That helped me feel better, but Juan didn’t approve of us living with Yuli or going to MCF because he had a job three hours away; he wanted me to live with him so I could take care of the house and his meals. So I moved out of my sister’s house and started commuting three hours each way every time Joseyur had an appointment — I never missed one.
At that time, I also started selling snacks on the street because Juan told me he wasn’t making enough money to support the family. But when I spoke to his boss, I discovered he was actually earning far more than he said and was spending it on another girl. When I confronted him and said I should’ve stayed with Yuli, he threatened to stop supporting me and our son and disappear altogether. Then he left anyway. Thankfully, Yuli took me in again and I was able work in a sweatshop, until I had to quit because all the lint on my clothes was making Joseyur sick.
So Yuli, Joseyur, and I moved in with our oldest sister and her family. She agreed to look after the baby while I worked in another sweatshop, but that didn’t work out, so we moved again to live for free in my uncle’s small wooden house. That was hard, too, because, first of all, it is so remote that the water truck driver refused even to come near to us unless we paid him extra. Secondly, it has no lock, so I had to latch the gate with a plastic bag each time we left. That’s not enough to keep the thieves out, so we sometimes got robbed while away.
”Now You Need to Keep Going”
Yet, it all felt worth it when, thanks to the constant support of our heroes at MCF — particularly our nutritionist, Adriana Zavalaga — Joseyur had gained enough weight to have his first free cleft surgery when he turned six months old.
Yuli came with us to the hospital to support me the day of his surgery because I was so nervous and crying so much. But when he came out and I saw him smile for the first time, I was so happy! “You see!” Yuli told me, “There’s no need to cry because there are solutions. Now you need to keep going for the rest of his treatments because everything will be fine.”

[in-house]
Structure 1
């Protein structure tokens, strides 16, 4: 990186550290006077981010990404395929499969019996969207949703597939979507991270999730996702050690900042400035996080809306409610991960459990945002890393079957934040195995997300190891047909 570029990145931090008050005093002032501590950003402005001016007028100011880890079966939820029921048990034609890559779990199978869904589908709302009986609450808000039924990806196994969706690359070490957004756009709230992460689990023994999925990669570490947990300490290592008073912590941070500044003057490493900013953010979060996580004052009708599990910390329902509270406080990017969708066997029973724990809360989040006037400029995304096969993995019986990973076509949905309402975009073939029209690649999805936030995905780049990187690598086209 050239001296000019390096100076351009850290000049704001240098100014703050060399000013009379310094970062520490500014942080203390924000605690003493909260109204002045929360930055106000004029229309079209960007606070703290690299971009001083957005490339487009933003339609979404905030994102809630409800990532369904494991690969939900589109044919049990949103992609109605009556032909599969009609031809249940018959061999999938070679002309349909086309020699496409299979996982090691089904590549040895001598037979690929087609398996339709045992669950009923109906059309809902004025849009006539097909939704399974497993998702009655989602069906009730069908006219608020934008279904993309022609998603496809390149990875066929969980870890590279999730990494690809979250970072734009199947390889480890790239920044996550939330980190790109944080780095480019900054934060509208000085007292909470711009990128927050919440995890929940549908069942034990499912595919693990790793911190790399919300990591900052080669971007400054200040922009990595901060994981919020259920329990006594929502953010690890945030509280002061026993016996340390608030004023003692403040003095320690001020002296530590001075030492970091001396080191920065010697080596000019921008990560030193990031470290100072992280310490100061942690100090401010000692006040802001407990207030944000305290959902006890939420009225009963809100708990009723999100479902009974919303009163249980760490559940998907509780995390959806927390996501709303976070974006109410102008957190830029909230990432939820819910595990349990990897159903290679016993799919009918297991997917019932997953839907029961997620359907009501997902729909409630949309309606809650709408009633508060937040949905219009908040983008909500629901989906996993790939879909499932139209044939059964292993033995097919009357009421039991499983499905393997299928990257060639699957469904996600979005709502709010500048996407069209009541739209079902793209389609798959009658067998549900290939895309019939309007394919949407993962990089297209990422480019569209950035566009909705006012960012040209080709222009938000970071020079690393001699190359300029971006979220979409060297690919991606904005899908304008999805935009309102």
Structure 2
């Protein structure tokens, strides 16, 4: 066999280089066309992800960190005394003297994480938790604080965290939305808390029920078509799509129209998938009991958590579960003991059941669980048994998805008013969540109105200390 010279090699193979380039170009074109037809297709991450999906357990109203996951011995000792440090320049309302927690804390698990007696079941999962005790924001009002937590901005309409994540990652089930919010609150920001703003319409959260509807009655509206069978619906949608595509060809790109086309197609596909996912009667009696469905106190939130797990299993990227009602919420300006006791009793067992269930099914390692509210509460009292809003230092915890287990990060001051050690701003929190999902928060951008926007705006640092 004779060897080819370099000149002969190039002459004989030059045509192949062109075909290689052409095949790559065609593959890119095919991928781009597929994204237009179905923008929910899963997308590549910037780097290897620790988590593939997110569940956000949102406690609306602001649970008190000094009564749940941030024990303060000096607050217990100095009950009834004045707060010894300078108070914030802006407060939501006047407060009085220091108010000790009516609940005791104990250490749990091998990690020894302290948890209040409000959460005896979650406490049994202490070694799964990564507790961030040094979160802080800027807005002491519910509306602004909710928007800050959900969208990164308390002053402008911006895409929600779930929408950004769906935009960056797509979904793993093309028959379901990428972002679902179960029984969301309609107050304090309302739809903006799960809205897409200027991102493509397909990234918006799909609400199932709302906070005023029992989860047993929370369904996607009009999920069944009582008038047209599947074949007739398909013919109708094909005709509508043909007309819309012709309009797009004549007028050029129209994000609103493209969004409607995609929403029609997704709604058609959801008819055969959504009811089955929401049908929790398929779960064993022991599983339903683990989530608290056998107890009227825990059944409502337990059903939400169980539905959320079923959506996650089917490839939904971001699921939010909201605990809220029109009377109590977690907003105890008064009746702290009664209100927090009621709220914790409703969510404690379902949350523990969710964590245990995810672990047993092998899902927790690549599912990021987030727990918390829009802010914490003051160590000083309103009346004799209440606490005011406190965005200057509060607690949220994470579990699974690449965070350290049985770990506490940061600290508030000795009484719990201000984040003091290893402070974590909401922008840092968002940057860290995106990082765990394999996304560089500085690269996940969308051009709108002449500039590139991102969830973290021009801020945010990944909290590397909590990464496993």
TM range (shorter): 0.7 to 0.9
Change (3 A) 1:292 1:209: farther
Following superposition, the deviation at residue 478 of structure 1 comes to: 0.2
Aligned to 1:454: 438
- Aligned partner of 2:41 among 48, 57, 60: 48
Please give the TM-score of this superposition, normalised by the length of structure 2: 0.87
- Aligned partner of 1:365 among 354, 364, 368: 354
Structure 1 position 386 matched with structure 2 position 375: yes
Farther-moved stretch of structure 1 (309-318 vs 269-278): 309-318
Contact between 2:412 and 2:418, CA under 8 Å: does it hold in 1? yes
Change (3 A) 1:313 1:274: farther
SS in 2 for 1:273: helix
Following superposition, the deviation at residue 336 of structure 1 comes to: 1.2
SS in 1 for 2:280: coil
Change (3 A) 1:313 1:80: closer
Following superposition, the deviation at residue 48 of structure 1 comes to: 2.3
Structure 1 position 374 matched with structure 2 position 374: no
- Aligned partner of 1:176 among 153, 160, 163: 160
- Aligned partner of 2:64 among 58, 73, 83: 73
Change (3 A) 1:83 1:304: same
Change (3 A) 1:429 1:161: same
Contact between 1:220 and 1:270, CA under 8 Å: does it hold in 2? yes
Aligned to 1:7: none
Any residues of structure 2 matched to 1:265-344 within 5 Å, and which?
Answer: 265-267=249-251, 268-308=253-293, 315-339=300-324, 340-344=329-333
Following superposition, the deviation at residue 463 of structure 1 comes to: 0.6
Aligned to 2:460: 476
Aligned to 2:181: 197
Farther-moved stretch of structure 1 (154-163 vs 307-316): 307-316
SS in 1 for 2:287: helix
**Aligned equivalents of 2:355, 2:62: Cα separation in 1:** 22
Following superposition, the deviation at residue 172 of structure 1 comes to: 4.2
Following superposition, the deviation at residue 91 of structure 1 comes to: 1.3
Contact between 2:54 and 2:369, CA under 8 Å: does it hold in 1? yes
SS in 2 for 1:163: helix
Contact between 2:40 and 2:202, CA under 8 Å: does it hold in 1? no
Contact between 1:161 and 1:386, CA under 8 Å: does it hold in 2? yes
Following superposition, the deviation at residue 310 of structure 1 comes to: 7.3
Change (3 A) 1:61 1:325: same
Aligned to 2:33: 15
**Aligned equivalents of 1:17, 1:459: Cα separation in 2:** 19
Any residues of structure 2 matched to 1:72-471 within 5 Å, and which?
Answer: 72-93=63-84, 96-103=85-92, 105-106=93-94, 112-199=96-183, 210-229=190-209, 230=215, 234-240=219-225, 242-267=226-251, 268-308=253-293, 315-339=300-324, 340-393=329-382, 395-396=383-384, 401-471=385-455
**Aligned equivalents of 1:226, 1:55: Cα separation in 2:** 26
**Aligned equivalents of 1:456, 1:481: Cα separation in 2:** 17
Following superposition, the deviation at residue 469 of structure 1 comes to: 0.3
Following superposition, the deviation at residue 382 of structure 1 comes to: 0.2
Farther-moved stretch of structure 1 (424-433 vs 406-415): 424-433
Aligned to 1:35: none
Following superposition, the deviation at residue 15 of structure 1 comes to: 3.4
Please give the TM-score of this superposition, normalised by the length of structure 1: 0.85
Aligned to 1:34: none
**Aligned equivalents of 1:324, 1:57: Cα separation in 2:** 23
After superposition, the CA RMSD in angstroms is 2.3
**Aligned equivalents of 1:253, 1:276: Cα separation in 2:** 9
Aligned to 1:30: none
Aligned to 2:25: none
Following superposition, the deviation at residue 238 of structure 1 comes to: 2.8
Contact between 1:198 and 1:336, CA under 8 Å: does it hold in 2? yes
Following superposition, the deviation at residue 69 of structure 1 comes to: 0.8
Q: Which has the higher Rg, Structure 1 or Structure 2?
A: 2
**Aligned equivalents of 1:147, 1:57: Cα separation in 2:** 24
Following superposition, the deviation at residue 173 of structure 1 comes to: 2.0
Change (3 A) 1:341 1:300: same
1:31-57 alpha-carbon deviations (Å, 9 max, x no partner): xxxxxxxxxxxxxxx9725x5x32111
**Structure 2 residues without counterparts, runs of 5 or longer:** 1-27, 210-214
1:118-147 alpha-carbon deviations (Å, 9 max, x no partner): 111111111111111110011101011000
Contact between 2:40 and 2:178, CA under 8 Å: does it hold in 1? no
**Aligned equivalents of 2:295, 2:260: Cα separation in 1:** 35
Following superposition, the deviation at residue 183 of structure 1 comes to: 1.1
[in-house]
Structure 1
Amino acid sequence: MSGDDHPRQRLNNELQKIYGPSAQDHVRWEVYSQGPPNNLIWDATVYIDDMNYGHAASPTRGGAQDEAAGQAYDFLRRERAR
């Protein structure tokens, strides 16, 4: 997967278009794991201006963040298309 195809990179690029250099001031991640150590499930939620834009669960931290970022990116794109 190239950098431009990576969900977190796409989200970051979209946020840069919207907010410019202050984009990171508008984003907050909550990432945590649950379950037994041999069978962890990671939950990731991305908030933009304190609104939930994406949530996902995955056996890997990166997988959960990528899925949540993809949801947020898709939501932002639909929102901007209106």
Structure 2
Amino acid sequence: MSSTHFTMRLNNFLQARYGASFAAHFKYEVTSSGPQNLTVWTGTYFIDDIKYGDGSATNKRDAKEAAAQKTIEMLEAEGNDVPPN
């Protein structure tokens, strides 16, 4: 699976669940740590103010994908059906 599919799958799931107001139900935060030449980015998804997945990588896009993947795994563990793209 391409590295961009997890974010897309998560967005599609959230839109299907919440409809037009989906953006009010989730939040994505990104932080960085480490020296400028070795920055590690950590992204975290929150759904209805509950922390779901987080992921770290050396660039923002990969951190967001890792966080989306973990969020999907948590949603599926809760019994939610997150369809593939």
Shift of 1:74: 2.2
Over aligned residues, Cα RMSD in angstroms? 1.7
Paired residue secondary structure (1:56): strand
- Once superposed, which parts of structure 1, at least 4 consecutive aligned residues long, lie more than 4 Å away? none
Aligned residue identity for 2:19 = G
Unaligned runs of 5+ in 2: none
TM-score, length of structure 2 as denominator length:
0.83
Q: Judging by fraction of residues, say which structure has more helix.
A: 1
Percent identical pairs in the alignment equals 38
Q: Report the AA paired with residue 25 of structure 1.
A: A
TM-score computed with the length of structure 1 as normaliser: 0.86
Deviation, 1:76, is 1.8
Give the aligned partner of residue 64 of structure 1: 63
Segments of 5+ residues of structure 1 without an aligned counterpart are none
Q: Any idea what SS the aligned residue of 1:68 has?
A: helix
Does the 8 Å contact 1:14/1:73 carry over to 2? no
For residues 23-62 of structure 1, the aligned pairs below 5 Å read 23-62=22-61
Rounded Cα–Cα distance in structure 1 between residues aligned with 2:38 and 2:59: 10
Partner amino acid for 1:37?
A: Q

She was right. In that moment, my ability to keep going was all we had.
A Time of Hope
I sued Juan for child support and, though he signed papers saying he would pay it, it has been many years and we have yet to receive anything but continued abuse from him every time he calls.
So I just kept going for us, as did Smile Train and the whole MCF staff. I am happy to say that in 2020 I met a man who treats Joseyur and me with the love we deserve, and we have since had Joshua, a healthy, wonderful baby boy.
The pandemic has been hard on my family, especially after my husband lost his job and we nearly ran out of money. But here, too, I followed my sister’s advice and persevered. Now, thanks to Smile Train, Joseyur is once again receiving the free nutritional and other support he needs from MCF to grow up big, strong, and healthy. He received another surgery from them, too, just before the pandemic and is already scheduled for another one as soon as conditions in Lima allow.
From the bottom of my heart, I want to thank Smile Train and its donors for all you have done for us. I pray that you will please keep fighting for my child, and that, in exchange, God will bless you.
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*His name has been changed to protect the family.